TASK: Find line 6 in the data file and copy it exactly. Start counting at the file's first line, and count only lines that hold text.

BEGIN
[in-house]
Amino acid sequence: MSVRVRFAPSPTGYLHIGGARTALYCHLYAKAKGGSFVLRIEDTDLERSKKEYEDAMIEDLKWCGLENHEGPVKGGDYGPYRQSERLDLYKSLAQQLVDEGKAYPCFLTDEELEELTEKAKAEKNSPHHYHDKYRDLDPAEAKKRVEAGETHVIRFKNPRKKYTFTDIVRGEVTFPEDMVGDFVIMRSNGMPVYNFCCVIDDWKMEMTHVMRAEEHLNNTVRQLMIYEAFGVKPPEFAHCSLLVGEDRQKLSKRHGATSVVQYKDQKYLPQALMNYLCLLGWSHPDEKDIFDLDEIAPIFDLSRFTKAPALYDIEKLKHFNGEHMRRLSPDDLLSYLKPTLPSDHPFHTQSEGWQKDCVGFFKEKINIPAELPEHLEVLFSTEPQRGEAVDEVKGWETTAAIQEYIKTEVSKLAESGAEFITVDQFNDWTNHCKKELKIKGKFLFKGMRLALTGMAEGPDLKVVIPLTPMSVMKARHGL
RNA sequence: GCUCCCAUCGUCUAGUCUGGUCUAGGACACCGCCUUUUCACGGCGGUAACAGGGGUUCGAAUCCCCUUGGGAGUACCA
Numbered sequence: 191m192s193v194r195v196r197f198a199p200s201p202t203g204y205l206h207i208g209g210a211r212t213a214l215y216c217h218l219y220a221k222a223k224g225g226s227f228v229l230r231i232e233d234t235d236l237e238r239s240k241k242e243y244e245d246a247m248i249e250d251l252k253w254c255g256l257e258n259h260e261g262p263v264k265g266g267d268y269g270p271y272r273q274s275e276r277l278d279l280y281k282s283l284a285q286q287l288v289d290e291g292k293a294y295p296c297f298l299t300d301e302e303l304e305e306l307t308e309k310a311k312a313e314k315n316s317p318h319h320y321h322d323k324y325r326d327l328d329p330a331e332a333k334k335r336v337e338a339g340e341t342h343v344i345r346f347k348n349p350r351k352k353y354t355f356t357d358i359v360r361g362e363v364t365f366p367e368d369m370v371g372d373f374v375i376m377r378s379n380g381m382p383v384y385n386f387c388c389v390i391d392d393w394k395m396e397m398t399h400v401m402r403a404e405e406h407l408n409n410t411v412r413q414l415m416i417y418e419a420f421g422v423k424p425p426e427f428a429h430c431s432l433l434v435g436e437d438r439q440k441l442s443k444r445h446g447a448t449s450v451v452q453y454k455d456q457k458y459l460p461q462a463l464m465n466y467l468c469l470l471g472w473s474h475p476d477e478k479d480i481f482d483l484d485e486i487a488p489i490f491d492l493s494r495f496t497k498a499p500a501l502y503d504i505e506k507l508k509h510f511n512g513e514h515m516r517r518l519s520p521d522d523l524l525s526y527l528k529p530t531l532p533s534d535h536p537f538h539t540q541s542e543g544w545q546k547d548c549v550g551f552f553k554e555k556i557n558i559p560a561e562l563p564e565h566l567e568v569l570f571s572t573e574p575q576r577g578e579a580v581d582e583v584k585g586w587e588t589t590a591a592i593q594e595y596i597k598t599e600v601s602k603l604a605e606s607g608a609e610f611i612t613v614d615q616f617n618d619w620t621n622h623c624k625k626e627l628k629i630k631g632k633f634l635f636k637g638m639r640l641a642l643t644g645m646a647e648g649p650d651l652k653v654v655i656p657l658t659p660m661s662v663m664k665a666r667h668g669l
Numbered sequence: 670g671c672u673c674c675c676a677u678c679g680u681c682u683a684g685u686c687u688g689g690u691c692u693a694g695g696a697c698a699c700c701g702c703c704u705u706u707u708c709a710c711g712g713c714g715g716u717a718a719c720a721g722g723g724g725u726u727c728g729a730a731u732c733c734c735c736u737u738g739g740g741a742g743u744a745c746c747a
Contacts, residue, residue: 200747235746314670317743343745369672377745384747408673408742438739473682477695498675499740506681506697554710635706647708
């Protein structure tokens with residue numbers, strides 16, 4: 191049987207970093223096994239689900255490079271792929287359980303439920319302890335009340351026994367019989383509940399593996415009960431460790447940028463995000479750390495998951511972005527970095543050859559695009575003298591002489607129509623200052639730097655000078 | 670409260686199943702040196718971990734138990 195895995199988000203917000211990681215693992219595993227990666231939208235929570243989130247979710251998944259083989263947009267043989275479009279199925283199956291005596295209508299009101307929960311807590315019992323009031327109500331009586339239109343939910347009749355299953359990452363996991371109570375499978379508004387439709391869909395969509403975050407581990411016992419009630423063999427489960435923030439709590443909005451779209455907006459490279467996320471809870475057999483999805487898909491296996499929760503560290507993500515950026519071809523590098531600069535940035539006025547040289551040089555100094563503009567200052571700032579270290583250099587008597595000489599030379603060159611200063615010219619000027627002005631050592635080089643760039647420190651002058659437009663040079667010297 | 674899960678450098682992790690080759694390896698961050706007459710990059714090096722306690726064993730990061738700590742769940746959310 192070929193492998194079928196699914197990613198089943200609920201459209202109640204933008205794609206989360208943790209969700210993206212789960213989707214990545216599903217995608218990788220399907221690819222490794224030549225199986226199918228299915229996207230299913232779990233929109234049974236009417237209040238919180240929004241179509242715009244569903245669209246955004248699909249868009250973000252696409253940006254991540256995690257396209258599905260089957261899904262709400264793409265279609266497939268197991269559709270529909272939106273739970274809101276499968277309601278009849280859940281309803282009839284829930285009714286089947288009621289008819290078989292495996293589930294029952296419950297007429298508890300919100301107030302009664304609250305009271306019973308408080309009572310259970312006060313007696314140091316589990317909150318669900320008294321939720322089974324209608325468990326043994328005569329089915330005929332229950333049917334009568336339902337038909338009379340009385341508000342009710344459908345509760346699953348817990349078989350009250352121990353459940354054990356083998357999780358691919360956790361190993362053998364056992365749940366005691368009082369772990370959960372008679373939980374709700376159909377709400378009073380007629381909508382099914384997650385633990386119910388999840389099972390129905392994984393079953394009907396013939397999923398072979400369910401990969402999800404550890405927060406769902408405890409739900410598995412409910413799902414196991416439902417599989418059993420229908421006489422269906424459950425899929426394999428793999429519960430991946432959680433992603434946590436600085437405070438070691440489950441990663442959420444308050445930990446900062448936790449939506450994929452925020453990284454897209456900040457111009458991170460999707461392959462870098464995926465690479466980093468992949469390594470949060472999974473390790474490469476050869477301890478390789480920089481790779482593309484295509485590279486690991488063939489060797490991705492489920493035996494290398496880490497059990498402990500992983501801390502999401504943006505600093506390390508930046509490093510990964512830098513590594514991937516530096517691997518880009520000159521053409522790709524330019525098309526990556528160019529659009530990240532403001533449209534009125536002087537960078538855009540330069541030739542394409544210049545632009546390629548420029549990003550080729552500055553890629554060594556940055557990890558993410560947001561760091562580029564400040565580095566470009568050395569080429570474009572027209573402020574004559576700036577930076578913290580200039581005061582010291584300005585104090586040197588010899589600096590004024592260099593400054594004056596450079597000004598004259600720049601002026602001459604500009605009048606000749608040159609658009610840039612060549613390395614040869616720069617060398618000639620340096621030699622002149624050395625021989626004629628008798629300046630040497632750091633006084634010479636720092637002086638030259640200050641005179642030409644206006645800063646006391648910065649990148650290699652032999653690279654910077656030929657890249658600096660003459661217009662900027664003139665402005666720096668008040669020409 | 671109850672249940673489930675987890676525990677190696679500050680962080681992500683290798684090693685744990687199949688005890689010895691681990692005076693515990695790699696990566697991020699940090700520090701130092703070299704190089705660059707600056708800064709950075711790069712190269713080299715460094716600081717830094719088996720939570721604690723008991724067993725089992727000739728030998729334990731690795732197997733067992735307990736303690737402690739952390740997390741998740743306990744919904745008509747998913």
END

Contacts, residue, residue: 200747235746314670317743343745369672377745384747408673408742438739473682477695498675499740506681506697554710635706647708